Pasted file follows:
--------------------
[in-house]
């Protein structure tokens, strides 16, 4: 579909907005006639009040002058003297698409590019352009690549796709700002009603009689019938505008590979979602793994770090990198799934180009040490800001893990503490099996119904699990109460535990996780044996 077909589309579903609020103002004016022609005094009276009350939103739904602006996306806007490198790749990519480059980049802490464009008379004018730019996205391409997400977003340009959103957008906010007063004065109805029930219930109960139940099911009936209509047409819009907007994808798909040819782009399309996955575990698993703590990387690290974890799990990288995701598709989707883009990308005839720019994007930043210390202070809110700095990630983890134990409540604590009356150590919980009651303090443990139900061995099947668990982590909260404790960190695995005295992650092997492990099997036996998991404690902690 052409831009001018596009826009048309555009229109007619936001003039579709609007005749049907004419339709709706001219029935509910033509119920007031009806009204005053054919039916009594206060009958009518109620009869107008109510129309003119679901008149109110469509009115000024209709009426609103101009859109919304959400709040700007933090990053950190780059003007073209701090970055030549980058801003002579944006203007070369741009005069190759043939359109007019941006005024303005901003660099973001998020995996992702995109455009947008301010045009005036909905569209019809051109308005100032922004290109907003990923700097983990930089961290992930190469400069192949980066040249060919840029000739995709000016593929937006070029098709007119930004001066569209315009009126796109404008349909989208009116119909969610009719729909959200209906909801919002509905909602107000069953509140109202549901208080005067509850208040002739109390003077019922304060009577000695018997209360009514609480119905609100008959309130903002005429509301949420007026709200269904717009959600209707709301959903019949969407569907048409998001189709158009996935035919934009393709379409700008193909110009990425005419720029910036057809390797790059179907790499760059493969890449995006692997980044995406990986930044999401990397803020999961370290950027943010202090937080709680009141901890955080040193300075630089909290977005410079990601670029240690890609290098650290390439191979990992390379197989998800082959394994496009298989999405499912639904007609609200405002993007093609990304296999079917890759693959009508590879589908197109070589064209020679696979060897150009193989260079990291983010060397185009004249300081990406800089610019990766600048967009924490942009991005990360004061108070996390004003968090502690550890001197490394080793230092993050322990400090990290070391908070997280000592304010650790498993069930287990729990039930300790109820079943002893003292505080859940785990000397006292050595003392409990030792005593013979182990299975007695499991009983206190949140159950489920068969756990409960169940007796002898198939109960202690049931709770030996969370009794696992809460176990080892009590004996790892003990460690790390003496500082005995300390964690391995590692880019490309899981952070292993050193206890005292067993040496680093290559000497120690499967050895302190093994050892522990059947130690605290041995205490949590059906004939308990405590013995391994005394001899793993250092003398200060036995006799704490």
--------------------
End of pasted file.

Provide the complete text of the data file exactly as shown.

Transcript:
[in-house]
């Protein structure tokens, strides 16, 4: 579909907005006639009040002058003297698409590019352009690549796709700002009603009689019938505008590979979602793994770090990198799934180009040490800001893990503490099996119904699990109460535990996780044996 077909589309579903609020103002004016022609005094009276009350939103739904602006996306806007490198790749990519480059980049802490464009008379004018730019996205391409997400977003340009959103957008906010007063004065109805029930219930109960139940099911009936209509047409819009907007994808798909040819782009399309996955575990698993703590990387690290974890799990990288995701598709989707883009990308005839720019994007930043210390202070809110700095990630983890134990409540604590009356150590919980009651303090443990139900061995099947668990982590909260404790960190695995005295992650092997492990099997036996998991404690902690 052409831009001018596009826009048309555009229109007619936001003039579709609007005749049907004419339709709706001219029935509910033509119920007031009806009204005053054919039916009594206060009958009518109620009869107008109510129309003119679901008149109110469509009115000024209709009426609103101009859109919304959400709040700007933090990053950190780059003007073209701090970055030549980058801003002579944006203007070369741009005069190759043939359109007019941006005024303005901003660099973001998020995996992702995109455009947008301010045009005036909905569209019809051109308005100032922004290109907003990923700097983990930089961290992930190469400069192949980066040249060919840029000739995709000016593929937006070029098709007119930004001066569209315009009126796109404008349909989208009116119909969610009719729909959200209906909801919002509905909602107000069953509140109202549901208080005067509850208040002739109390003077019922304060009577000695018997209360009514609480119905609100008959309130903002005429509301949420007026709200269904717009959600209707709301959903019949969407569907048409998001189709158009996935035919934009393709379409700008193909110009990425005419720029910036057809390797790059179907790499760059493969890449995006692997980044995406990986930044999401990397803020999961370290950027943010202090937080709680009141901890955080040193300075630089909290977005410079990601670029240690890609290098650290390439191979990992390379197989998800082959394994496009298989999405499912639904007609609200405002993007093609990304296999079917890759693959009508590879589908197109070589064209020679696979060897150009193989260079990291983010060397185009004249300081990406800089610019990766600048967009924490942009991005990360004061108070996390004003968090502690550890001197490394080793230092993050322990400090990290070391908070997280000592304010650790498993069930287990729990039930300790109820079943002893003292505080859940785990000397006292050595003392409990030792005593013979182990299975007695499991009983206190949140159950489920068969756990409960169940007796002898198939109960202690049931709770030996969370009794696992809460176990080892009590004996790892003990460690790390003496500082005995300390964690391995590692880019490309899981952070292993050193206890005292067993040496680093290559000497120690499967050895302190093994050892522990059947130690605290041995205490949590059906004939308990405590013995391994005394001899793993250092003398200060036995006799704490």